The America’s Cup will not only see holders New Zealand battle Italian challengers Prada for one of the oldest trophies in sport but also determine who has the latest and best in a multi-million dollar technology race.

Millions of dollars have been spent on designing and building better yachts since Team New Zealand won the America’s Cup off San Diego in 1995. It will all come to a head when the first race starts tomorrow on the Hauraki Gulf.

Eleven challengers from seven nations started out in the Louis Vuitton Cup challenger series last October, each with an average budget of about $US20 million (about $NZ41). Prada, which threw anywhere between $US50 million and $US100 million into their challenge, emerged as the best boat and will take on New Zealand in the America’s Cup match.

Blake’s syndicate has invested $US20 million in their defence after they won in 1995 to become only the second country after Australia in 1983 to take the Cup away from the Americans. Much of each syndicate’s budget has been invested in the technology race, with teams of experts focusing on the design and construction of hulls, rigs, the sails which hang off those rigs and even on methods of measuring the performance of the boats. The intensity of the hi-tech battle means that competitors will look for technology that gives them even the tiniest of advantages in speed and strength.

While the International America’s Cup Class yachts must meet minimum and maximum limits for length, sail area and weight, designers look for crucial advantages in such areas as sail composition and the design and shape of hulls, bows and keels. Yacht designers have spent thousands of hours studying computer simulations of hull designs, putting models in test tanks and rigs in wind tunnels in a bid to produce the best boat.

With so many small differences between the boats, New Zealand skipper Russell Coutts believes it will be hard to know which is the fastest boat. “Even after one or two days of racing we probably still won’t know because the performance might vary in the different conditions,” Coutts said. “We’ll probably know at the end of the regatta — maybe.”

The consensus among observers after the challengers’ series and watching New Zealand in practice is that the two boats are evenly matched for speed. “What you have got to realise is that we test boats for hours on end out here, trying to test small differences, and often can’t come up with a solution,” Coutts said. “So if there is a big difference in the boats we’ll know, but if there is a small difference in the boats it could take quite some time to establish.”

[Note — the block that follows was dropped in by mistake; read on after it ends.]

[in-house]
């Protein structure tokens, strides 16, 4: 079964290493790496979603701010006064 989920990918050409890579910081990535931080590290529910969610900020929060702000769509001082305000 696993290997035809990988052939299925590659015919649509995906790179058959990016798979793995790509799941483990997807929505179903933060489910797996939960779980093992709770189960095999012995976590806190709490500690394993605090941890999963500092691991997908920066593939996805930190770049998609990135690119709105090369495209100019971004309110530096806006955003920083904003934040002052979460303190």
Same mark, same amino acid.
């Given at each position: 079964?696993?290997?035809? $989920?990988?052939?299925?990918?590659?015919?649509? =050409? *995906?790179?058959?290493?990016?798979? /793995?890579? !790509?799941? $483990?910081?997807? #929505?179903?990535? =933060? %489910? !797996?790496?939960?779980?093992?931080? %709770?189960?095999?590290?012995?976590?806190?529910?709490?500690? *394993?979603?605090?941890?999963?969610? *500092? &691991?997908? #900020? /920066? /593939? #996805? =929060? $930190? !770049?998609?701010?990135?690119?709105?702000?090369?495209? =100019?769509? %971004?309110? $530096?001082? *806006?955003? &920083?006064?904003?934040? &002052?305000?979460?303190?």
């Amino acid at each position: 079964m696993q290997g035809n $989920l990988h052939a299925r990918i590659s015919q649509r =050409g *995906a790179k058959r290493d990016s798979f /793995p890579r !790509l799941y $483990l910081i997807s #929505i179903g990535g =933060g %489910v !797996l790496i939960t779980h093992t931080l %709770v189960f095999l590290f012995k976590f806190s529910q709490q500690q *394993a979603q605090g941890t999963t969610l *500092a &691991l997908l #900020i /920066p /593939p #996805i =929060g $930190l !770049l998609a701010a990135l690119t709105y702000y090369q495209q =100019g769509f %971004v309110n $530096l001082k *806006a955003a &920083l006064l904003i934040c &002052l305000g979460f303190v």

Most of the research in recent years has gone into development of the rigs which hold up the sails and of the keel and rudders which hang below the hulls. Team New Zealand’s design team headed by Tom Schnackenberg have come up with a deeper keel with a flattened lead torpedo-shaped bulb on the bottom and narrow winglets off the side to provide stability.

Prada’s design team led by German Frers and Doug Peterson have gone for a slightly shorter keel with a bigger bulb at the bottom with sloping winglets off the back. The Italian boat also has a longer and thinner rudder while New Zealand’s black-hulled boat has a more raked bow. The America’s Cup is not only a race to improve technology but also to control it.

Prada has purchased a whole year’s supply of a particular kind of high-tech sail cloth used to make spinnakers, effectively shutting ccompetitors out of the market. The cloth was first produced for Bill Koch’s successful 1992 US defender America Cubed and has become known as “cuban fibre”. It is made of an ultra-strong artificial fabric known as Spectra with a quarter of a millimetre of Mylar laminate over it. Each sail costs about $US60,000.

The cloth gave Prada a clear edge in reliability and strength during the challenger series but their decision to buy all of the 1999 production run angered o